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This post is from the CollabNet VersionOne blog and has not been updated since the original publish date.

Last Updated Sep 29, 2009 — Enterprise Agile Planning expert

Stability first... then speed!

Enterprise Agile Planning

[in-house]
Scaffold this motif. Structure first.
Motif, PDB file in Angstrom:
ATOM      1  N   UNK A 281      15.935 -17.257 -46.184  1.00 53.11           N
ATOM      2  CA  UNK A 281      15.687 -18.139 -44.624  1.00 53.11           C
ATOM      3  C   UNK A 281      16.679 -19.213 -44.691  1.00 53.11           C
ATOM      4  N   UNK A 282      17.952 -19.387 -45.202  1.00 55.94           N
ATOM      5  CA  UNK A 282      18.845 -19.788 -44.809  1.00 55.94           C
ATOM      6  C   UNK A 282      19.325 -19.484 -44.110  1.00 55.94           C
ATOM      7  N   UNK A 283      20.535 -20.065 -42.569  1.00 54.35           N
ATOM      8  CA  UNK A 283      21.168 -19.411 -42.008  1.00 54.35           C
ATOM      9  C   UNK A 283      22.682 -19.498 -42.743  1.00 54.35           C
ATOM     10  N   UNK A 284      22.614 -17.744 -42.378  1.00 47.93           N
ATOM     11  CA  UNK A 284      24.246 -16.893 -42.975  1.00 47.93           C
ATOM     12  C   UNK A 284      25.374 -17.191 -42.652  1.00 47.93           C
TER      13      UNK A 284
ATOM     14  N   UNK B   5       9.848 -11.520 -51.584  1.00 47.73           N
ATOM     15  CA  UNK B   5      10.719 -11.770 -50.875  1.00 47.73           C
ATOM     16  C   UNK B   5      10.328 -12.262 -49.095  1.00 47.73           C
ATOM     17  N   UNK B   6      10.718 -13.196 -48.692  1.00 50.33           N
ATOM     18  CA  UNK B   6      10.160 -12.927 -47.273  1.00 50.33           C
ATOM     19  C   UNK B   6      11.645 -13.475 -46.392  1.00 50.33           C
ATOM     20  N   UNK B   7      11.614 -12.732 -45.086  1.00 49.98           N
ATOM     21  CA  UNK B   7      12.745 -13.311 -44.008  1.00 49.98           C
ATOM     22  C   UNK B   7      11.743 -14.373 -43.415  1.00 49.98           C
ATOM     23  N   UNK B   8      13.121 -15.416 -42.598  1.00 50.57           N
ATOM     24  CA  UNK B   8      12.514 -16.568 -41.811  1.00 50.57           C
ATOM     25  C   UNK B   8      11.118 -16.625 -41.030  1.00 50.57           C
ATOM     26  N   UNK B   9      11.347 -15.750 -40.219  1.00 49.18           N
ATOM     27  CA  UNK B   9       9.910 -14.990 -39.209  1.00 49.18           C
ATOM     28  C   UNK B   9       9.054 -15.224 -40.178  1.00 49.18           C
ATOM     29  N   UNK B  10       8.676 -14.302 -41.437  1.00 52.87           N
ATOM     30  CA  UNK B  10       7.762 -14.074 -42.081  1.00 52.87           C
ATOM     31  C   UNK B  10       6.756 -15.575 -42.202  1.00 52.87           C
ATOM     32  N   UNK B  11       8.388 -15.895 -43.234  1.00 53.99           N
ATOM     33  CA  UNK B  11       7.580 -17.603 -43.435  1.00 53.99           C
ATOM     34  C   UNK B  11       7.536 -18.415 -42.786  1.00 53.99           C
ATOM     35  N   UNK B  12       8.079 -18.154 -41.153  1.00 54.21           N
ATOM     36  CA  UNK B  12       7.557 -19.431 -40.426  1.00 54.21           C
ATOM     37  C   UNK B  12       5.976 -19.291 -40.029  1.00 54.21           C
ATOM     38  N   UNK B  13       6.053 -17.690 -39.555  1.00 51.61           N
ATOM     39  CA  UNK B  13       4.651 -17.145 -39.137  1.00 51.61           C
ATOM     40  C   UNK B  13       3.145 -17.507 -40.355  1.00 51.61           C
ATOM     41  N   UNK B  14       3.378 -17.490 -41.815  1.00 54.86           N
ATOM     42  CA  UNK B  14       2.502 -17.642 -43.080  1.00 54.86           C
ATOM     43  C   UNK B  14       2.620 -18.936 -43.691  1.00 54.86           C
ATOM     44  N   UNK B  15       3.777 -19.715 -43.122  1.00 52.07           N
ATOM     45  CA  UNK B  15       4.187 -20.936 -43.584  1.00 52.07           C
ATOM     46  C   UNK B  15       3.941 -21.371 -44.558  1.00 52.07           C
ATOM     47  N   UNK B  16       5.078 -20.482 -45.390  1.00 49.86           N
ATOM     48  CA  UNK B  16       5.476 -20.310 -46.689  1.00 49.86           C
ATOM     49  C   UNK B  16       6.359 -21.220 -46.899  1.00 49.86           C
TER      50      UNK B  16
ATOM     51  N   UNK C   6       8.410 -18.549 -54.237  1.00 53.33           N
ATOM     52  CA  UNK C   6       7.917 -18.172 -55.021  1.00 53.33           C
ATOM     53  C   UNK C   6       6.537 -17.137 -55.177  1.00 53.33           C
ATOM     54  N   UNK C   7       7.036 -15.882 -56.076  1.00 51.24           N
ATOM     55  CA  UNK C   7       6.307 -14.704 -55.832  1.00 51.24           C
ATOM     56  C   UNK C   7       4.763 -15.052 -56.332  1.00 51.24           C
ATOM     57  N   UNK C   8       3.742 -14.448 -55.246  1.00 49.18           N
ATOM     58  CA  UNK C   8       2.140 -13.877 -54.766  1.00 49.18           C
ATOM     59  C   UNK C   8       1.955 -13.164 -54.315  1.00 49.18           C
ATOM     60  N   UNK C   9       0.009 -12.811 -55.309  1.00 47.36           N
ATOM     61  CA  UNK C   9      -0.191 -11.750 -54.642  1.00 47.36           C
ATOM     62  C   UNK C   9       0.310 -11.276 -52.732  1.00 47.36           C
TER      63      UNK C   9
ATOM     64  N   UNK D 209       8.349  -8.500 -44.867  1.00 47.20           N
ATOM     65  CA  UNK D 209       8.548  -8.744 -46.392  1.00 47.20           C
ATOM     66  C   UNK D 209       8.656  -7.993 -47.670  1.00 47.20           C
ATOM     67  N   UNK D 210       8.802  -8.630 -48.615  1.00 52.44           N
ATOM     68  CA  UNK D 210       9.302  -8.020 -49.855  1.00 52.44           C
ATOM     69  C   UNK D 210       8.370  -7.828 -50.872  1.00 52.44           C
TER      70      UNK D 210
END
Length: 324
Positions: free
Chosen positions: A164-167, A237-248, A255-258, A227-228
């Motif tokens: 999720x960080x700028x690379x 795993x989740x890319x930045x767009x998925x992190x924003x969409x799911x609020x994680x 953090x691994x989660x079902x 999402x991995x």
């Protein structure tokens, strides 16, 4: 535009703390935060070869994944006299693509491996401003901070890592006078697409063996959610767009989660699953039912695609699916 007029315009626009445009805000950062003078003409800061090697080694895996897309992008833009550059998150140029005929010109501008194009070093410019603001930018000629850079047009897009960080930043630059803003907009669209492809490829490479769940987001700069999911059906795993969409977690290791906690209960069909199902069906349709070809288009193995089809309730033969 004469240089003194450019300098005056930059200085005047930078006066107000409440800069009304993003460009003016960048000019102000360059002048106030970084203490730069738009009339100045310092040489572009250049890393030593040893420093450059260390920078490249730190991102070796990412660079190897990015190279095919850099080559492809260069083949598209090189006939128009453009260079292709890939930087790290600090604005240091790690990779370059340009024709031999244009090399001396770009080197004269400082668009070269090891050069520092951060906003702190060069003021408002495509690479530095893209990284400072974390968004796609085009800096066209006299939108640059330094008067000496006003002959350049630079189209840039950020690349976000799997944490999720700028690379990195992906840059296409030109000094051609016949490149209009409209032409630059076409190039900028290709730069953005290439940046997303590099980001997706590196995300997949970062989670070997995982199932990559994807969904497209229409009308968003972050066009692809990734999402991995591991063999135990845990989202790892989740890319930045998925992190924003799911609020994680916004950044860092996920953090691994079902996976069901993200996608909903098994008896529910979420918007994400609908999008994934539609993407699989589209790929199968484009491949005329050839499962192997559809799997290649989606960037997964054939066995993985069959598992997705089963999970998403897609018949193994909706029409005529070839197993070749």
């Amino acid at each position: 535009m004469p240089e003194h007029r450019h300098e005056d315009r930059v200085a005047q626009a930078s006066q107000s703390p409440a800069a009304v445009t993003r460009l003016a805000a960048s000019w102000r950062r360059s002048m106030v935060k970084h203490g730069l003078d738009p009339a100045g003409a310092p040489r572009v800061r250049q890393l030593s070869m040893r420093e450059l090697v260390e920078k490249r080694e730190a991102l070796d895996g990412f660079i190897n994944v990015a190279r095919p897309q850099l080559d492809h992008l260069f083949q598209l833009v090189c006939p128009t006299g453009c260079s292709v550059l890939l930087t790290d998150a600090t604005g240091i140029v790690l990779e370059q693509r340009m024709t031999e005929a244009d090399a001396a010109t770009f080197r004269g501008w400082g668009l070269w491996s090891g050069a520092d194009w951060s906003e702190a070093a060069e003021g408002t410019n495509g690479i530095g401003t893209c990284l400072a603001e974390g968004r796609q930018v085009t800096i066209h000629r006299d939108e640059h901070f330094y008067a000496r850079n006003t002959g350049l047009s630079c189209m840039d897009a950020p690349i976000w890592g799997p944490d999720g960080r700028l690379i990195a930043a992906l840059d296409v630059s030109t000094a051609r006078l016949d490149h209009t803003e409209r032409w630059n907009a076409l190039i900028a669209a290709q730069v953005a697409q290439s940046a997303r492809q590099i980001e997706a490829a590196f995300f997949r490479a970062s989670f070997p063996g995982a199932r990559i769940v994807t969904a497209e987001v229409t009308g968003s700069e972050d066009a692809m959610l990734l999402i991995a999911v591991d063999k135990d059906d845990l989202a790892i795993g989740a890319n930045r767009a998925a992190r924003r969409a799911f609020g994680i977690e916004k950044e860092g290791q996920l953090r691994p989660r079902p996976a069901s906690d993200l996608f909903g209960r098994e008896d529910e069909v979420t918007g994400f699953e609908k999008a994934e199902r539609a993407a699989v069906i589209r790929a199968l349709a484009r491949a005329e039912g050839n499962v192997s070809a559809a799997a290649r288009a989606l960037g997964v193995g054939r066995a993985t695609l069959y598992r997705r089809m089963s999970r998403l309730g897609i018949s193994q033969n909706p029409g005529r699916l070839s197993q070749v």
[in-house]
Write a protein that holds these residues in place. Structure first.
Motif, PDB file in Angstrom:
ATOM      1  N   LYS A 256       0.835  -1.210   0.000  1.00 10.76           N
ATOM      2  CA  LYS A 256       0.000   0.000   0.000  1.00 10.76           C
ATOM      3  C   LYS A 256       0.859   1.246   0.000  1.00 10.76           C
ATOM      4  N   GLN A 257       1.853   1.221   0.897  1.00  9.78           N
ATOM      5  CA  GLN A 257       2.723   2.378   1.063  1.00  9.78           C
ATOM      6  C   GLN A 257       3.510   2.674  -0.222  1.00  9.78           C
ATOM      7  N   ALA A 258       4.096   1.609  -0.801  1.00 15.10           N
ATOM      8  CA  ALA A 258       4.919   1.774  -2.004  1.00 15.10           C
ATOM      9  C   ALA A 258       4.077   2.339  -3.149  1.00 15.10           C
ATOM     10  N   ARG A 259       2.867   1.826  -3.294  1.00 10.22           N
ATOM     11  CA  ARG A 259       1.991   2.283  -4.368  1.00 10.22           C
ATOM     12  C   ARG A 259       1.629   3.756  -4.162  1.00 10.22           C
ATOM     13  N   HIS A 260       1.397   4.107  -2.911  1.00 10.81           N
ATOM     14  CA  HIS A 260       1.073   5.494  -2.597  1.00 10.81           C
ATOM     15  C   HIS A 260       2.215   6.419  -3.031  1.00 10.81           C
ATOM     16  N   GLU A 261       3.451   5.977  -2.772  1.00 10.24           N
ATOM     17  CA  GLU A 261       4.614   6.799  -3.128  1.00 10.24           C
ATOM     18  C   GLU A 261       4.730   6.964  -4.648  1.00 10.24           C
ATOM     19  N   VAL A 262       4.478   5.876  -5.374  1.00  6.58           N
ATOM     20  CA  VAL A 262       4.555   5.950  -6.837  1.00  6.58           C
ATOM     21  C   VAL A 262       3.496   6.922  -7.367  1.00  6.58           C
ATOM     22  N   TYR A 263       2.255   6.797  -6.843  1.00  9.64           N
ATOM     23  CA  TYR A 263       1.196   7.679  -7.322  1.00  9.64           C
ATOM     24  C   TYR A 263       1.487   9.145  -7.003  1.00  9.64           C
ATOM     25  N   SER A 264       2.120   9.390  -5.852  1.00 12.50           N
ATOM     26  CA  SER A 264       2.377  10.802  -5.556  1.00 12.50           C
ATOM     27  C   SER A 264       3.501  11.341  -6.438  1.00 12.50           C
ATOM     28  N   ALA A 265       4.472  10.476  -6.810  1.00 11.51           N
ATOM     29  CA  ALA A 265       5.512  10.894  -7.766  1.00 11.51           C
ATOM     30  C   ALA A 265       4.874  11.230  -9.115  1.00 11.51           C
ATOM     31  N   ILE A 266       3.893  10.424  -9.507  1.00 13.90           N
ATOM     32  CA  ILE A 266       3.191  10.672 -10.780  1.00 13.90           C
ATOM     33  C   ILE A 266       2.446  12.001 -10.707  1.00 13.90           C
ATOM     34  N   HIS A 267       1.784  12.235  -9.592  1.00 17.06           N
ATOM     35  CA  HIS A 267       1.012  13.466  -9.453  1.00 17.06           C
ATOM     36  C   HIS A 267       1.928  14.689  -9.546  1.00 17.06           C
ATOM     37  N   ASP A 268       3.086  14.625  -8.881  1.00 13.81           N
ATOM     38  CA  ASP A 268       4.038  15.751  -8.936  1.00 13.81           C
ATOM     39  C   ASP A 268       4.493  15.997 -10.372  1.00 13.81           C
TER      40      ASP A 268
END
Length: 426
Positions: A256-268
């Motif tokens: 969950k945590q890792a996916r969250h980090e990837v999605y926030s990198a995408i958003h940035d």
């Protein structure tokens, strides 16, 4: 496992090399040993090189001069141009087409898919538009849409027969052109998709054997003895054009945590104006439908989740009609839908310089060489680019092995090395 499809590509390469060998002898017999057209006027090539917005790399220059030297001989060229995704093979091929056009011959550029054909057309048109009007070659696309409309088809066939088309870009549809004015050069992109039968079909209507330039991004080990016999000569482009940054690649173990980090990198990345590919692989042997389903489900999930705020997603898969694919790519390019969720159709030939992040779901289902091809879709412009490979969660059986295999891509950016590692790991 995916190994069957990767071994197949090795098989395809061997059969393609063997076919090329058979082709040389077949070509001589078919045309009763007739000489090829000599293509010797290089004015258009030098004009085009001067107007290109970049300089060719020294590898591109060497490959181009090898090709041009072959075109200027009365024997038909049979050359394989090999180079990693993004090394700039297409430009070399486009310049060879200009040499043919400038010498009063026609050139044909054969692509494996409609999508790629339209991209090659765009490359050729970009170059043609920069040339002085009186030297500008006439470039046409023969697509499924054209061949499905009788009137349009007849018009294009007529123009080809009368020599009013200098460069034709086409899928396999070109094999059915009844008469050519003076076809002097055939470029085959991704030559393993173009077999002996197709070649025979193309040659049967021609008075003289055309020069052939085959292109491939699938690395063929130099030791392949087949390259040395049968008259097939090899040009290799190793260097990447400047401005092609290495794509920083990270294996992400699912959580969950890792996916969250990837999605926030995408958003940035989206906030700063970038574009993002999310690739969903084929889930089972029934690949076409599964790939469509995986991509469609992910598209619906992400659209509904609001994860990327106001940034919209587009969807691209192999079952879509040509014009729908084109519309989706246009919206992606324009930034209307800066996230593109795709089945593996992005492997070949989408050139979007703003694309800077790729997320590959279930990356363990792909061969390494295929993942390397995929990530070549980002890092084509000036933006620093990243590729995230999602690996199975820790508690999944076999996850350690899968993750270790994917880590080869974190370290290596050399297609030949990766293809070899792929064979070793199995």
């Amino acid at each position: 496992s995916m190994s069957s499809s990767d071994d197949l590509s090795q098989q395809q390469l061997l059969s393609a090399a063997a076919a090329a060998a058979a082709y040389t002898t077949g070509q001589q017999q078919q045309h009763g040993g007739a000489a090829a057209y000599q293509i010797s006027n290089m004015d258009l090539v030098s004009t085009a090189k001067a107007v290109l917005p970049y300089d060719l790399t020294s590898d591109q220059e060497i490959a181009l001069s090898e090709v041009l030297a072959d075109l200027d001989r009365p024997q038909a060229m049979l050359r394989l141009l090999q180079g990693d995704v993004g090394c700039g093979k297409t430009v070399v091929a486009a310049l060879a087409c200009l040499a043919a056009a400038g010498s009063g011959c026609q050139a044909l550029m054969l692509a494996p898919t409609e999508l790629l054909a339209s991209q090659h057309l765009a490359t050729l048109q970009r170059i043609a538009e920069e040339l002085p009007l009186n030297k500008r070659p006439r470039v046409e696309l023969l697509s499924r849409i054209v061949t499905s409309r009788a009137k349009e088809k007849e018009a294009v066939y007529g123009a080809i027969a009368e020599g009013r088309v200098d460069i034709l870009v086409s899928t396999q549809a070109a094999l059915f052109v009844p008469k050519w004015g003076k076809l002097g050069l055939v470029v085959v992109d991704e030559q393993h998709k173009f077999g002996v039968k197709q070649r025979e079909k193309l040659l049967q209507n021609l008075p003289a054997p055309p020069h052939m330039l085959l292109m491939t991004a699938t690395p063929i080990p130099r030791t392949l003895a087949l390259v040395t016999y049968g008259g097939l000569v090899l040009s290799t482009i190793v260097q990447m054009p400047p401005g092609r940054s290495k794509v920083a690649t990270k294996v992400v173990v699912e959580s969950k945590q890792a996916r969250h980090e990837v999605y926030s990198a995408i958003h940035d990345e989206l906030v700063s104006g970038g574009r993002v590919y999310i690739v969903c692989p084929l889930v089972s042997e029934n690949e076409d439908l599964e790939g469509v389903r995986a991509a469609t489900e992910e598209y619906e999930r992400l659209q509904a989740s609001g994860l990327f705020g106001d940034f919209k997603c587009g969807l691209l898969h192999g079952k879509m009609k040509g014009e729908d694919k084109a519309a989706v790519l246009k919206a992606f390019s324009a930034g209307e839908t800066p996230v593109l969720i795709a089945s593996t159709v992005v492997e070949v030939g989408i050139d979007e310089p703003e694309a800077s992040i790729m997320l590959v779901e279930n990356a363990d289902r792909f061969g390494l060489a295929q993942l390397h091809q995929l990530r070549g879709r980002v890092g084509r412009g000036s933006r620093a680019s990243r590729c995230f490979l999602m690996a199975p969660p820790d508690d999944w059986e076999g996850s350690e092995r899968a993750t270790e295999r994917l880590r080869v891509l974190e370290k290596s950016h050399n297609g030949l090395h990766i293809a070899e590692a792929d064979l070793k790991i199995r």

So many folks want to flip a switch and magically become agile.  They want all the benefits without any of the hard work that comes along with really transforming the organization.  People think that just because they read a book... or took a few days of training... that they can expect instant productivity.  They don't realize that agile methods only show you your problems... it is still up to you to fix them. I'll often see this thinking manifest in questions like "how many iterations until I can expect my team's velocity to start going up".  There is so much underneath a question like that, it's hard to give a solid answer.  Is there a prioritized product backlog?  Is there a product owner grooming the backlog and available to the team?  Is the team cross/functional?  Are they dedicated to the project?  Do they have everything they need to be successful? Are there external dependencies? All those things matter... and right out of the gate.. you are not quite sure the kind of impact those answers will have on the team's ability to deliver. My recommendation is generally to look at team performance in three phases.  The first goal is to measure what is... to establish a performance baseline.  Next start thinking about getting stable... stable performance is key to running a predictable agile project.  Once you are stable... now you can start thinking about getting faster.  Adopting agile is a learning process and you can't improve a system when you don't understand what is broken. And that is really the key... it isn't about getting a better velocity.  It's about fixing the broken parts of your organization.  It's about looking at where you are and comparing it against where you would really like to be.  It's about understanding the impediments standing in your way and dealing with them in a meaningful way... in a way that really, truly helps the team get better.  It's about getting more efficient at creating value and really improving the processes that allow value to be created. Those kinds of answers don't translate into a great marketing pitch.  How long will it take to get agile? I don't know... how many iterations will it take to remove the organizational impediments that are slowing the team down? How many iterations until you are willing to fix what is really broken?  How many iterations until we are ready to stop applying labels and start REALLY transforming the organization?

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